Arsenal launch legal bid
Arsenal have launched a High Court case against Islington Council's curb on the number of concerts which can be held at the Emirates Stadium.
The club applied to double the events from three to six at their stadium in Holloway, north London, but the local council rejected the application.
Concerts featuring Bruce Springsteen, Coldplay and Muse have generated hundreds of thousands of pounds of extra revenue for the club but opponents have voiced concerns over 'noise and rowdy music fans'.
A planning inspector dismissed the club's appeal in January but Arsenal argued there was a 'clear error' in the decision-making process.
The inspector said that if Arsenal could afford to buy a player like midfielder Mesut Ozil for £43m from Real Madrid in the summer, it could not plead poverty.
Dan Kolinsky. representing the club, told Mr Justice Cranston at the High Court in London that the inspector's decision was legally flawed and should not be allowed to stand.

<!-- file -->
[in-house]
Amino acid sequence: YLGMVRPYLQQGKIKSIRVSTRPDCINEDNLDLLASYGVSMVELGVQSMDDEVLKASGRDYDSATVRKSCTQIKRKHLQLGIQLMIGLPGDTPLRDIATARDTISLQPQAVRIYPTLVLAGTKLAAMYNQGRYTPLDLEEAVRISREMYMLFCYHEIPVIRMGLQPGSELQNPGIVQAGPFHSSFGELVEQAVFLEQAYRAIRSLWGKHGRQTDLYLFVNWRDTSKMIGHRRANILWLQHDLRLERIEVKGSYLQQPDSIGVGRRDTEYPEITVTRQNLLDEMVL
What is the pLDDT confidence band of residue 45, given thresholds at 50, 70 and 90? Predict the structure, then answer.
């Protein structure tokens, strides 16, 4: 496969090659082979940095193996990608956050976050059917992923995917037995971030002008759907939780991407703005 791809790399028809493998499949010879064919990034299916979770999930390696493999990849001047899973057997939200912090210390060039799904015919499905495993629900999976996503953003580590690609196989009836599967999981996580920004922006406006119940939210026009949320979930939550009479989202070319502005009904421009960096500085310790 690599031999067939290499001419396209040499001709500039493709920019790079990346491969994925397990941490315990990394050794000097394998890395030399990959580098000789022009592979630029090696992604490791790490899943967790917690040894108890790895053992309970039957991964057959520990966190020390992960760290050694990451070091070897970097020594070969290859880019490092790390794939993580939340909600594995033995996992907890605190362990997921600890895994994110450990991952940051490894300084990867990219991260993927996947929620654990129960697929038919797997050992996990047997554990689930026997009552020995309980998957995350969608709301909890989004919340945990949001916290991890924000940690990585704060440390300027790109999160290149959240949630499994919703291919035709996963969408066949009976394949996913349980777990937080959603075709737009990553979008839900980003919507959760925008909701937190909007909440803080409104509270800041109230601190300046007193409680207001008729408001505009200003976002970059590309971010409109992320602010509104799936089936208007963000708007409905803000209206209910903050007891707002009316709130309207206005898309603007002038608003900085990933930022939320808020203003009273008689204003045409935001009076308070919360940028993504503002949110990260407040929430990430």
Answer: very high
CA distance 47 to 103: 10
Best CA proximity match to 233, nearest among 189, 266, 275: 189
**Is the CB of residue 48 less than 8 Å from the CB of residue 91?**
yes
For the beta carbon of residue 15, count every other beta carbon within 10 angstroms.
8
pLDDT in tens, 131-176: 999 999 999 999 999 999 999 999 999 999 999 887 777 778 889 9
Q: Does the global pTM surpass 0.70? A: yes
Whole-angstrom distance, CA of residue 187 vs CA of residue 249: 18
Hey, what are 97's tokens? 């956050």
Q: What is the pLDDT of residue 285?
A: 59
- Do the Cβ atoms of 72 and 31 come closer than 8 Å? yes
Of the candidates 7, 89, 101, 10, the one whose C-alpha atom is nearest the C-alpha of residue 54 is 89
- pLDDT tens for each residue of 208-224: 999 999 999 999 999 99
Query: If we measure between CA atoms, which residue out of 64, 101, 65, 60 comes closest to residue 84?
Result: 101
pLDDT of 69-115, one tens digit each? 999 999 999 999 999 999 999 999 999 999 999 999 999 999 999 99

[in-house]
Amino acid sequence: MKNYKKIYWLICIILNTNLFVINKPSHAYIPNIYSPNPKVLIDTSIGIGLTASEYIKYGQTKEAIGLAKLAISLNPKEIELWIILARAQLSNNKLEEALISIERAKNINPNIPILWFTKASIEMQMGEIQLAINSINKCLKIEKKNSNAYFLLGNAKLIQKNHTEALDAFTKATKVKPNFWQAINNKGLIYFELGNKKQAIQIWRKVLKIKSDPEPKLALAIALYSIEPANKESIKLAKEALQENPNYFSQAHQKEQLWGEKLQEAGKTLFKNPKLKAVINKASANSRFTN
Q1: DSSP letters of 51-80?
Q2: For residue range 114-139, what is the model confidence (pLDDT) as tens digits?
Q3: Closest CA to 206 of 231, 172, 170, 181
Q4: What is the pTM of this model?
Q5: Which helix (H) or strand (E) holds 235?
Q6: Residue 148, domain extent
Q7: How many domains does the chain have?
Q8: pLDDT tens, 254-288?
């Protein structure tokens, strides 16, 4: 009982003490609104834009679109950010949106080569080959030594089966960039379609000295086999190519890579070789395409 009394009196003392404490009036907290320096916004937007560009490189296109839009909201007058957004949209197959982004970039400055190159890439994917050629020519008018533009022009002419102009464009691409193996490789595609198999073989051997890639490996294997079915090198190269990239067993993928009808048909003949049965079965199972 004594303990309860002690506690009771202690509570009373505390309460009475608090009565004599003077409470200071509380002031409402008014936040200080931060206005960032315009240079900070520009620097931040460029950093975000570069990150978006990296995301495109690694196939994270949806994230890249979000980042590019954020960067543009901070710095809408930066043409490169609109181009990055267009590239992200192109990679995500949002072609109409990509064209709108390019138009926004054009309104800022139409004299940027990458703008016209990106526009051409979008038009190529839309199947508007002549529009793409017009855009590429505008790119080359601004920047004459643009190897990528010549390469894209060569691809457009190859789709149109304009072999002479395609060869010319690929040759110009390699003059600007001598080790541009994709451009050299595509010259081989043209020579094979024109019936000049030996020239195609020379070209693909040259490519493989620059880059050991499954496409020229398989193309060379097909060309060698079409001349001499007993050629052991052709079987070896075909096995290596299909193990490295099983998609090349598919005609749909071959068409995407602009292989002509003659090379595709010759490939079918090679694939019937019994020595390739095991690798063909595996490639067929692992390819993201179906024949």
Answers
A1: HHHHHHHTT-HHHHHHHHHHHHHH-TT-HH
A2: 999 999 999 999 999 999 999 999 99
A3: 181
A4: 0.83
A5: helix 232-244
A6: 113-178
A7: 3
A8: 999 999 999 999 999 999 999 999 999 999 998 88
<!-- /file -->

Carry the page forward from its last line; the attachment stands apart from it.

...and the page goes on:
Applying for judicial review, Mr Kolinksy submitted the inspector had failed to apply the law correctly when he decided the proposal to double the number of concerts 'did not accord with the development plan' for the stadium.
He told the judge: "We say there is a clear error on the face of the decision letter."
Lawyers for the inspector and Islington are arguing the inspector followed the correct approach and there is no substance in the club's challenge.
During the public inquiry run by the inspector, Arsenal chief executive director Ken Friar said the club needed the money from the gigs to perform in the extremely competitive world of football, citing Manchester United's profitsat £100m compared to Arsenal's £20m.